Preliminary estimates from the Oregon Employment Department show the seasonally adjusted unemployment rate continued its decline from January to February in the six-county Eastern Oregon region.
Every county except Grant showed the lowest unemployment rate since 2008, but Grant was near its post-recession low.
Officials said Grant County experienced the largest increase in nonfarm payroll employment of the eastern counties, adding 100 jobs over the year.
Both the public and private sectors added jobs, with leisure and hospitality experiencing the largest change, adding 40 jobs.
The county’s seasonally adjusted unemployment rate for February, the latest figure available, was 10.1 percent, unchanged from January. The rate was only slightly better one year earlier, at 10 percent.
Grant County’s non-adjusted rate, while improved from over a year ago, is the highest in the state at 13.8 percent, followed by Wallowa at 12.1 percent and Harney at 10.5 percent.
Other notes from the department’s report on the six-county region:
• Harney County’s nonfarm payroll employment increased by 60 jobs over the year. Job gains were in the private sector as the public sector was unchanged. Strength in goods producing industries and leisure and hospitality largely spurred the growth.
• Baker County experienced over-the-year job losses in nonfarm payroll employment, losing 10 jobs. Job losses in the private sector were partially offset by gains in the public sector. Strength in construction and retail trade were offset by weakness in educational and health services and other services.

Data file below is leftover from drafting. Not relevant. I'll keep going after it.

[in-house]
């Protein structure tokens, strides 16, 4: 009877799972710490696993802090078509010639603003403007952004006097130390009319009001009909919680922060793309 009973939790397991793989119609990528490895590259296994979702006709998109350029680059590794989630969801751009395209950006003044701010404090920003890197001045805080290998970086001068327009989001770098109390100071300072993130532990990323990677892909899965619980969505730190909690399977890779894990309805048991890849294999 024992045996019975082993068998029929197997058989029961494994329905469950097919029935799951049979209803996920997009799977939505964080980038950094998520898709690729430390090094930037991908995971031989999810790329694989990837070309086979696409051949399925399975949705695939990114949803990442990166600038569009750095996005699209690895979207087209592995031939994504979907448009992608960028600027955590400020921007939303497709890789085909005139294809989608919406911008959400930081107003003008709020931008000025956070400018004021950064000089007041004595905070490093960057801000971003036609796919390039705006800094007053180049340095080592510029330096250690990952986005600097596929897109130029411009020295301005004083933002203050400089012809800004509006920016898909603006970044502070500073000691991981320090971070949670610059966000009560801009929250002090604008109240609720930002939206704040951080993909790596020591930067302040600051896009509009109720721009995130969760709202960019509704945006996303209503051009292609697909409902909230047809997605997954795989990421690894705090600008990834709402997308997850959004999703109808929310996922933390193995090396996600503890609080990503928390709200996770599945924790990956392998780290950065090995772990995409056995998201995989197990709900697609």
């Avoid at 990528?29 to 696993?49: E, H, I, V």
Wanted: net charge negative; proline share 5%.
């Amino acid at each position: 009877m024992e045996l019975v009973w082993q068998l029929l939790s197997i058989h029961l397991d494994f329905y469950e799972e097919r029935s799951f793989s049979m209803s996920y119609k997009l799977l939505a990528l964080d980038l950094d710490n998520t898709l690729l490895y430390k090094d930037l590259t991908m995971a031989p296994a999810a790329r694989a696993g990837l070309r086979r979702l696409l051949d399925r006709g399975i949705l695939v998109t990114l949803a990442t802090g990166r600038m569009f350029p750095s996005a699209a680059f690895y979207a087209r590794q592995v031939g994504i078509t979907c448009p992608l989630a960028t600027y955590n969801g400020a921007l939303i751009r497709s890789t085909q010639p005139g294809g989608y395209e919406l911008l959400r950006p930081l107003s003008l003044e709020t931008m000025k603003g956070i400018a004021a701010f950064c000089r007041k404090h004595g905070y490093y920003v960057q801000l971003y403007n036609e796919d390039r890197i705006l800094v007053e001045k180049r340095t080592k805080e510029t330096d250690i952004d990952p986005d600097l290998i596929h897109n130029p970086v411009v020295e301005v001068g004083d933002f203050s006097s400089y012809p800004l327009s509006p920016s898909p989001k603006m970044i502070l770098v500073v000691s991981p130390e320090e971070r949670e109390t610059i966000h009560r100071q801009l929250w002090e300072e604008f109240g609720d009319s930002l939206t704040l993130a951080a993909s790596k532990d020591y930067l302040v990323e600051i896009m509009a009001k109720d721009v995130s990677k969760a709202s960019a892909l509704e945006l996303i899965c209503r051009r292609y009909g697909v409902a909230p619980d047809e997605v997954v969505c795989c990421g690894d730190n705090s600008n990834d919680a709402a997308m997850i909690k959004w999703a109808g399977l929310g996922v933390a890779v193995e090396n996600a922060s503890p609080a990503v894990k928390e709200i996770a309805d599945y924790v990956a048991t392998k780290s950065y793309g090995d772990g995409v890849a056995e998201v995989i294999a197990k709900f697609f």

• Malheur County experienced over-the-year job losses in nonfarm payroll employment, losing 30 jobs. Losses in the public sector were partially offset by gains in the private sector. Local government experienced the largest change, losing 70 jobs.
• Union County’s nonfarm payroll employment remained virtually unchanged, losing 10 jobs in preliminary estimates. Gains in state government, leisure and hospitality, and educational and health services were offset by weakness in professional and business services and retail trade.
• Wallowa County experienced over-the-year job gains in nonfarm payroll employment, adding 30 jobs. Net gains were in the public sector as the private sector was unchanged. Strength in local government, manufacturing, and professional and business services were partially offset by weakness in leisure and hospitality.